The detonation of explosives and subsequent collapse of the biomass boiler took just seconds as part of the process to dismantle the shuttered mill in Fort Frances.
But for some residents, that moment evoked the end of the former Resolute mill's century-long history, along with the site's uncertain future.
The boiler came down at 5 a.m. Friday by a controlled implosion process, according to Mitch LePage, a general manager for the BMI group, which owns the property.
“The professionals that we engaged to detonate the building tied dynamite to the main columns,” he explained, adding the process was very similar to the one used to take down the co-generation building in 2021.
Ken Hawrylak was hired as one of the security guards stationed around the site to ensure the public stayed a safe distance away, but he said not many people were present.
“It was too early in the morning, everybody was asleep. It probably woke them up and scared them,” he said with a chuckle.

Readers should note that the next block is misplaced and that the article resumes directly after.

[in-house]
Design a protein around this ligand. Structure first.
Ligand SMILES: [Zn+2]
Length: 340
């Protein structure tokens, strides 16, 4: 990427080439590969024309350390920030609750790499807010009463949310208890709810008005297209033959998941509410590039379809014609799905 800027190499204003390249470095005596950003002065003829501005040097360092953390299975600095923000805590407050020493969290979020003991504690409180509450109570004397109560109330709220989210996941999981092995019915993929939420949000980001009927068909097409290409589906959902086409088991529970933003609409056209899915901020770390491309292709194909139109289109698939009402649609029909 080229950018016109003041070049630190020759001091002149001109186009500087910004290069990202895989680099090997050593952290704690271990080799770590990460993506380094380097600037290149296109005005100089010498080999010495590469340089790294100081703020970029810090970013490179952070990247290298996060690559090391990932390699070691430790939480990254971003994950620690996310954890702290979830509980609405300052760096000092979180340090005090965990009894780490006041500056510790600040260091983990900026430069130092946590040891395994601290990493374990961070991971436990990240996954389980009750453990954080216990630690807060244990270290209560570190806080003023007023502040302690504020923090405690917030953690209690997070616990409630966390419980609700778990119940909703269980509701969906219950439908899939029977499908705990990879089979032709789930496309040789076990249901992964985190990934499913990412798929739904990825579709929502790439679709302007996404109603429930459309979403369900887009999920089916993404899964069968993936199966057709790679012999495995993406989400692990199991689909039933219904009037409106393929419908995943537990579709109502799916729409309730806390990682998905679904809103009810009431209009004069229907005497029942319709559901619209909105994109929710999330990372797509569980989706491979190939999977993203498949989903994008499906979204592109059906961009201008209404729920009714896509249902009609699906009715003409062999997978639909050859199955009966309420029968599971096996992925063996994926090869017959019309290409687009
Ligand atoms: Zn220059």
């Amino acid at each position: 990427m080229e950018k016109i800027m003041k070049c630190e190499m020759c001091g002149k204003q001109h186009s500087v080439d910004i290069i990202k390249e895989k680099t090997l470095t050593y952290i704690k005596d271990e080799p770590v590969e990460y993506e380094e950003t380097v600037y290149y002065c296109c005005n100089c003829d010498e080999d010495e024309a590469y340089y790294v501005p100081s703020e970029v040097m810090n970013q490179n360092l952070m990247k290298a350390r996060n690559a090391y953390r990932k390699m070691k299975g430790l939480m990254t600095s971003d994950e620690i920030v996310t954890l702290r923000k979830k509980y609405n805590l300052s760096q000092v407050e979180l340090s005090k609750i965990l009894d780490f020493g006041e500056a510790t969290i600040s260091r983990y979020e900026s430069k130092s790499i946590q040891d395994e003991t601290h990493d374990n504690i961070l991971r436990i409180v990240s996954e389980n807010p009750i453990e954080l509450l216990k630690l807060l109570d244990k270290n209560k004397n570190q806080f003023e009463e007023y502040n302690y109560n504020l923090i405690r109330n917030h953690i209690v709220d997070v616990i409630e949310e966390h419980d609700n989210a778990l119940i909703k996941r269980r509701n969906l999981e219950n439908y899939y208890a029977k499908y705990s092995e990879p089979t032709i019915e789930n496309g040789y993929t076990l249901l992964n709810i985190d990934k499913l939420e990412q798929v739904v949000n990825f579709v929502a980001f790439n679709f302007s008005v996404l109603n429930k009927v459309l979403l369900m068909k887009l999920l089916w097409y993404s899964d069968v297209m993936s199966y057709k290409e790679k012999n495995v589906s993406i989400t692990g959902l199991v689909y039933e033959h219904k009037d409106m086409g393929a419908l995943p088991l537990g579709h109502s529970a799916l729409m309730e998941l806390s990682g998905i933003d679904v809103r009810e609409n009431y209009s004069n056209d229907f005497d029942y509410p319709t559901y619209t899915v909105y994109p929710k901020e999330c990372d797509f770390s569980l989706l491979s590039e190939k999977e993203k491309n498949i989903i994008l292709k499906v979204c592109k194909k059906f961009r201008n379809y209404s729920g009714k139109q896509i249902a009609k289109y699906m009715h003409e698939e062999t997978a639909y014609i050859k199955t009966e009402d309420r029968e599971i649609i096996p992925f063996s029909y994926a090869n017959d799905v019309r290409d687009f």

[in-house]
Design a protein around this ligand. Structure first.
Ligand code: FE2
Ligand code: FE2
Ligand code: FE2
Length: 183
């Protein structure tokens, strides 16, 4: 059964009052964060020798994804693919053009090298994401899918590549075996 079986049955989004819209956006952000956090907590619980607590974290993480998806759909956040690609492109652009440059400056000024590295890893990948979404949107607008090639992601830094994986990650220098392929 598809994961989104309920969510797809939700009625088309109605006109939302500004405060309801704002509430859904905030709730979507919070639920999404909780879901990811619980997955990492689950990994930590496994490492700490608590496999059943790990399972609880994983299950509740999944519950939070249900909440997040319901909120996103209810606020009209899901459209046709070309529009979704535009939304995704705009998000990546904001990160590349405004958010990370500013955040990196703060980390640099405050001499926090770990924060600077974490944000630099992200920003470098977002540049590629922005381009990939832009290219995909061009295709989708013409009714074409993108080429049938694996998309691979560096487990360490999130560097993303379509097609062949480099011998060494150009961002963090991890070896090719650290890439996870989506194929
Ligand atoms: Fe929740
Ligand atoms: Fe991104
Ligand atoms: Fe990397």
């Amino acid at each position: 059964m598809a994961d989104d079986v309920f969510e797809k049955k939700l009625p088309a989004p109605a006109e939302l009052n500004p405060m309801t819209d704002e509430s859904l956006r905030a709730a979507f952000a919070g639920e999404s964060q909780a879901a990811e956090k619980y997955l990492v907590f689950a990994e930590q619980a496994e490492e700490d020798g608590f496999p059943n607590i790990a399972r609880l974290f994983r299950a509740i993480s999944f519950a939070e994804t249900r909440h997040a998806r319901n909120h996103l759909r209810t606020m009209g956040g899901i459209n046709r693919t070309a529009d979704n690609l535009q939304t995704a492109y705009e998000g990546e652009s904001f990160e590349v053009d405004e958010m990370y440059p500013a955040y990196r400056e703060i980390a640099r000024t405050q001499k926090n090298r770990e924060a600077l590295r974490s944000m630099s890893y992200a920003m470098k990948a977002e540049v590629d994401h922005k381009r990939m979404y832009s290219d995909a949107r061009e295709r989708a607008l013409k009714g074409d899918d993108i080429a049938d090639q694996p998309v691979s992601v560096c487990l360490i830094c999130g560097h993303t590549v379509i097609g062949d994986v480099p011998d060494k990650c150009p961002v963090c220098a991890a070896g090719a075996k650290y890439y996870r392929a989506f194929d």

“It was probably as loud as when trains slam into each other, when they are picking up cars," he added.
Hawrylak said public notice of the work had been provided.
Robin Kellar, who lives about a block away from the site, said the implosion had still made an impression.
“No matter how prepared for it, you never imagine something that loud and that earth-shaking,” she said.
Kellar shared on social media a picture she took of the biomass unit after the implosion, showing it resting on its side. A crane then took down the collapsed structure piece by piece, she said.
Kellar called it sad to see the mill, which played a major economic role in the community, disappear.
“There were cars lined up all along the parking lot watching it come down," she said. "A lot of them were older gentlemen who probably spent their whole life working in that facility.”
She said that was their life, and now it’s gone.
The shuttering and demolition of the facility proved controversial, in part because the Ontario government had contributed almost $23 million to the 54 megawatt co-generation facility that Resolute completed in 2009.
The government later backed off of its initial position that the company would have to repay the funds after Resolute closed the facility in 2014.
Friday's implosion is expected to be the last one required for demolition of the site.
“The rest of the dismantlement will be through conventional methods,” said LePage.
The company has a strategy for the future of the mill property that has been shared with the town, he added.
“It’s important that as a team we continue to push forward to try to create a new development in Fort Frances," he said.